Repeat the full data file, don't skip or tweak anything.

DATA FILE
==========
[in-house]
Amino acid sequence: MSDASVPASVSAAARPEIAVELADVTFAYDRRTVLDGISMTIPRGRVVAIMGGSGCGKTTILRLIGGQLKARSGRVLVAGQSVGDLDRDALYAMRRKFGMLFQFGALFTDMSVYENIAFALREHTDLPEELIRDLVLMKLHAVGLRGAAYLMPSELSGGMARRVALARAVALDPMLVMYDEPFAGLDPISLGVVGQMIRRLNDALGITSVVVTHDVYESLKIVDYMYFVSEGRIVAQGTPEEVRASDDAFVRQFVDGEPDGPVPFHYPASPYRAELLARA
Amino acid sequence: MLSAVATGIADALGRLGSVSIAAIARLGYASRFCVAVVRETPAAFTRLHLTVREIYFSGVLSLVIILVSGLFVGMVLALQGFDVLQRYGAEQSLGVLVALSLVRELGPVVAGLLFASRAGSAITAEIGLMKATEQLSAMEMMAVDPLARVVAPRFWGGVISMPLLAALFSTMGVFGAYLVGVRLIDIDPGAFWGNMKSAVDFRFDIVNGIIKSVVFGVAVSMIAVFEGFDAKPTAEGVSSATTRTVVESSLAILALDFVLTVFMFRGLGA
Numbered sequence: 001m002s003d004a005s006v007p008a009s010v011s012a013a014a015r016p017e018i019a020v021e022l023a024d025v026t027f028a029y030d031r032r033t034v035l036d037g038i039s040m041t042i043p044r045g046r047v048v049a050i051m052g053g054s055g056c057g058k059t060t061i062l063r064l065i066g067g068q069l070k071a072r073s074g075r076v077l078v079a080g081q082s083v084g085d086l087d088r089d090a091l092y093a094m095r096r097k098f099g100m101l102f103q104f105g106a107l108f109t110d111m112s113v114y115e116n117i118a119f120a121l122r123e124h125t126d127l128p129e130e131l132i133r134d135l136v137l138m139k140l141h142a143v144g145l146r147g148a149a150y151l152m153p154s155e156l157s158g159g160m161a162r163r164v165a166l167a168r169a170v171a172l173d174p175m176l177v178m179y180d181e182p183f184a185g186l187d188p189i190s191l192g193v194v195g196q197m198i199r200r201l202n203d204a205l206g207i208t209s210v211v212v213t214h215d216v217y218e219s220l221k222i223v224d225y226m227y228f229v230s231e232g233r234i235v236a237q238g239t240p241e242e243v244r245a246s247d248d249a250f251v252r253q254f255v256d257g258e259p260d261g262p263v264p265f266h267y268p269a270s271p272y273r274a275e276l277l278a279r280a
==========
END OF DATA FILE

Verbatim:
[in-house]
Amino acid sequence: MSDASVPASVSAAARPEIAVELADVTFAYDRRTVLDGISMTIPRGRVVAIMGGSGCGKTTILRLIGGQLKARSGRVLVAGQSVGDLDRDALYAMRRKFGMLFQFGALFTDMSVYENIAFALREHTDLPEELIRDLVLMKLHAVGLRGAAYLMPSELSGGMARRVALARAVALDPMLVMYDEPFAGLDPISLGVVGQMIRRLNDALGITSVVVTHDVYESLKIVDYMYFVSEGRIVAQGTPEEVRASDDAFVRQFVDGEPDGPVPFHYPASPYRAELLARA
Amino acid sequence: MLSAVATGIADALGRLGSVSIAAIARLGYASRFCVAVVRETPAAFTRLHLTVREIYFSGVLSLVIILVSGLFVGMVLALQGFDVLQRYGAEQSLGVLVALSLVRELGPVVAGLLFASRAGSAITAEIGLMKATEQLSAMEMMAVDPLARVVAPRFWGGVISMPLLAALFSTMGVFGAYLVGVRLIDIDPGAFWGNMKSAVDFRFDIVNGIIKSVVFGVAVSMIAVFEGFDAKPTAEGVSSATTRTVVESSLAILALDFVLTVFMFRGLGA
Numbered sequence: 001m002s003d004a005s006v007p008a009s010v011s012a013a014a015r016p017e018i019a020v021e022l023a024d025v026t027f028a029y030d031r032r033t034v035l036d037g038i039s040m041t042i043p044r045g046r047v048v049a050i051m052g053g054s055g056c057g058k059t060t061i062l063r064l065i066g067g068q069l070k071a072r073s074g075r076v077l078v079a080g081q082s083v084g085d086l087d088r089d090a091l092y093a094m095r096r097k098f099g100m101l102f103q104f105g106a107l108f109t110d111m112s113v114y115e116n117i118a119f120a121l122r123e124h125t126d127l128p129e130e131l132i133r134d135l136v137l138m139k140l141h142a143v144g145l146r147g148a149a150y151l152m153p154s155e156l157s158g159g160m161a162r163r164v165a166l167a168r169a170v171a172l173d174p175m176l177v178m179y180d181e182p183f184a185g186l187d188p189i190s191l192g193v194v195g196q197m198i199r200r201l202n203d204a205l206g207i208t209s210v211v212v213t214h215d216v217y218e219s220l221k222i223v224d225y226m227y228f229v230s231e232g233r234i235v236a237q238g239t240p241e242e243v244r245a246s247d248d249a250f251v252r253q254f255v256d257g258e259p260d261g262p263v264p265f266h267y268p269a270s271p272y273r274a275e276l277l278a279r280a